The study of human culture and society in its spatial and ecological contexts has long represented a core tradition of geography. Today, geographers investigate an array of socio-economic, political, and cultural patterns and activities, in many cases using geographic skills and techniques to solve local and regional problems. In this concentration, you will explore this tradition through the geographic subfields of cultural, economic, and political geography.
Cultural geography examines the characteristics, distributions, movements, interactions, and landscapes of the world's many peoples. Core topics of investigation include religion, language, settlement patterns, political movements, ethnicity, and settlement patterns. Some very specialized studies consider what is known as cultural ecology--the way groups of people interact with and alter the environment in which they live. Part of the cultural geographer's understanding comes from familiarity with the geography of times past, and studies in historical geography often provide critical context for today's conditions in a given country or region. Cultural geography has strong ties to anthropology, history, and archaeology, but much of today's cultural geography focuses on cities and their rich cultural makeups.
Economic geography concentrates on the distribution and location of economic activity, particularly topics like industrial location, world trade, transportation, and resources. An intense area of recent growth in the field has been business geography--an area of study focused on the spatial organization and operation of business activity. By combining their understanding of geodemographics, landuse, statistical analysis, and transportation, economic geographers excel in business/industry location siting, market research, and traffic/shipping management. Economic geography has strong ties to economics, marketing, business administration, and international business.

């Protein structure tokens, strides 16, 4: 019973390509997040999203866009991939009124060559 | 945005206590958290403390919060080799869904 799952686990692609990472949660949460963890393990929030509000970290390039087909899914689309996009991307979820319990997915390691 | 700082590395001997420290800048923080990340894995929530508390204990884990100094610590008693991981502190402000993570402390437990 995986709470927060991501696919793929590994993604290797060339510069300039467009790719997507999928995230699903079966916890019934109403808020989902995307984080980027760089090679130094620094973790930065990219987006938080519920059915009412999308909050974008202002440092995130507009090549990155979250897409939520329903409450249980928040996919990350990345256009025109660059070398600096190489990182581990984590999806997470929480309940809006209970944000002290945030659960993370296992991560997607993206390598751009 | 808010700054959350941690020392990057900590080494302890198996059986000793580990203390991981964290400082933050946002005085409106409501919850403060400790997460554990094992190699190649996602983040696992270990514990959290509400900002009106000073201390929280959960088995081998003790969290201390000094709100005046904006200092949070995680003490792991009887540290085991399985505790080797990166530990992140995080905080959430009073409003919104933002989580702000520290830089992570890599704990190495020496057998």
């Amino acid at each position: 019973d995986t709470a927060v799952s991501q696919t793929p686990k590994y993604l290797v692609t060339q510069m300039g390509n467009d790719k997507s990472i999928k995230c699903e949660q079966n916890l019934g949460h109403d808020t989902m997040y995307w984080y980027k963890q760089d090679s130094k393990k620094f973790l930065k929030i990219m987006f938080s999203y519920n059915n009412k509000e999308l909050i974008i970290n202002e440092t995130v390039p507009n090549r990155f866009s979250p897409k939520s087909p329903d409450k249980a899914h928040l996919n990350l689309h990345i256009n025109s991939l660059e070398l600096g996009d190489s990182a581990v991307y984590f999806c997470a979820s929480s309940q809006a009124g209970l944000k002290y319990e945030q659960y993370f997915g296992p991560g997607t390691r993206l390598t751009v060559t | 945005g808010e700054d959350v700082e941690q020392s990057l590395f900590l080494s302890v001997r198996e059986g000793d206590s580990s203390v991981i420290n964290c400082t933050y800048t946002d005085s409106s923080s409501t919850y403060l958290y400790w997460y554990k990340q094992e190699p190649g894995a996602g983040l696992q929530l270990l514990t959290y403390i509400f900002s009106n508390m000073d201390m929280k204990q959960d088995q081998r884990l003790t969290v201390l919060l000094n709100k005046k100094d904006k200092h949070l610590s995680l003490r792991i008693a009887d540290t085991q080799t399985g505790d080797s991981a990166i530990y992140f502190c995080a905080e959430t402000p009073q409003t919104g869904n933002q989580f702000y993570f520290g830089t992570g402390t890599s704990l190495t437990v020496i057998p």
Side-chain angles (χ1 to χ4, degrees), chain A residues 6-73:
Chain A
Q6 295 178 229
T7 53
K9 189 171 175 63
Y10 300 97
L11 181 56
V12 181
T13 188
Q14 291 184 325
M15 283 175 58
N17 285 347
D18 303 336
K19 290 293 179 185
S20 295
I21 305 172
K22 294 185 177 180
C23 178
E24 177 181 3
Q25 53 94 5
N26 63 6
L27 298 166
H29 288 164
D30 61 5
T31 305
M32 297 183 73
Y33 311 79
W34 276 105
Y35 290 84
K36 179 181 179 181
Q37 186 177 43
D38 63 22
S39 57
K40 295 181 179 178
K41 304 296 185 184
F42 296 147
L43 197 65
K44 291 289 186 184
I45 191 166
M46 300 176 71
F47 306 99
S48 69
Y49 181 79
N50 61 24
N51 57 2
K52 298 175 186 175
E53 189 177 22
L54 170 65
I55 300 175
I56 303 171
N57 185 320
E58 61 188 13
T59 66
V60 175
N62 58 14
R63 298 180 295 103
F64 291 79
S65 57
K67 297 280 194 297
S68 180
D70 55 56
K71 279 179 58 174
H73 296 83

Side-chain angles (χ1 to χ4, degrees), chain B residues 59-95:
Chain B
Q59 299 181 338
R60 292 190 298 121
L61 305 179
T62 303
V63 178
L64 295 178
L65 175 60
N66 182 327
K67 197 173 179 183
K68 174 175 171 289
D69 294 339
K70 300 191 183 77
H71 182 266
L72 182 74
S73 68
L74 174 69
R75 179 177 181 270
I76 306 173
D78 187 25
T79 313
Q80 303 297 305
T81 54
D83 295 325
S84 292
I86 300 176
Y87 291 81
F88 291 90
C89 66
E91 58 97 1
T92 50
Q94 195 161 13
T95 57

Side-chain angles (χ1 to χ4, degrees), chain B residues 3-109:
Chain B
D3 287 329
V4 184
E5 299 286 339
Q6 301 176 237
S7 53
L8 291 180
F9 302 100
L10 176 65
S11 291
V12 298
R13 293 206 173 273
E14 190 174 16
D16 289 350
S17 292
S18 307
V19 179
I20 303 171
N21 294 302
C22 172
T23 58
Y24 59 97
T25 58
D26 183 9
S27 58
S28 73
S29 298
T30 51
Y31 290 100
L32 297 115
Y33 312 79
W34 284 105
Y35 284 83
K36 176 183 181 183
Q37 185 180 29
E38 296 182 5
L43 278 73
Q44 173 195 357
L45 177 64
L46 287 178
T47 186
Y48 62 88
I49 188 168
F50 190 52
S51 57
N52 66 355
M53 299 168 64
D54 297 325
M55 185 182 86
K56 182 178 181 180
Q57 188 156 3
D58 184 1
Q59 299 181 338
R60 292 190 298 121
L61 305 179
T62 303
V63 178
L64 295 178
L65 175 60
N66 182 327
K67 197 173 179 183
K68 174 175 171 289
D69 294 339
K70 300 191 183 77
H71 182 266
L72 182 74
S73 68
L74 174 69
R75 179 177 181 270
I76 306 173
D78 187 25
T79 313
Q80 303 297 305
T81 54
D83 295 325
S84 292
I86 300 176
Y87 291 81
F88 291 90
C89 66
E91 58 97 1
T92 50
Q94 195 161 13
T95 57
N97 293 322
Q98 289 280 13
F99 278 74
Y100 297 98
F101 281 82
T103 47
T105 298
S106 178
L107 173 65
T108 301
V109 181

Political geography studies the spatial dimensions of political activity and decision making, from global scale issues like geopolitics and the balance of power to local scale issues like municipal zoning and annexation. Prominent areas of investigation at the international level include the political interaction between the world's countries, the interplay between nations and states in tense areas like the Middle East, the emergence of supranational units like the European Union, and the law of the sea. Closer to home, political geographers have researched voting patterns, reapportionment, and gerrymandering at the local, state, and regional levels. Political geographers have made especially valuable contributions to our understanding of spatial conflicts and their resolution, including cases like the conflict in Northern Ireland. Political geography has strong ties to political science and international affairs.
Human geography makes abundant use of geography's emerging technical tools, especially geographic information systems, as well as traditional skills in statistics. At the same time, because of the many international career opportunities, human geographers often require advanced foreign language training. They also need a good background in basic physical geography given their interest in the environment.
Both of the following:
Two of the following:
Four of the following:
||If you have any questions about this concentration please contact Prof. Jon T. Kilpinen.|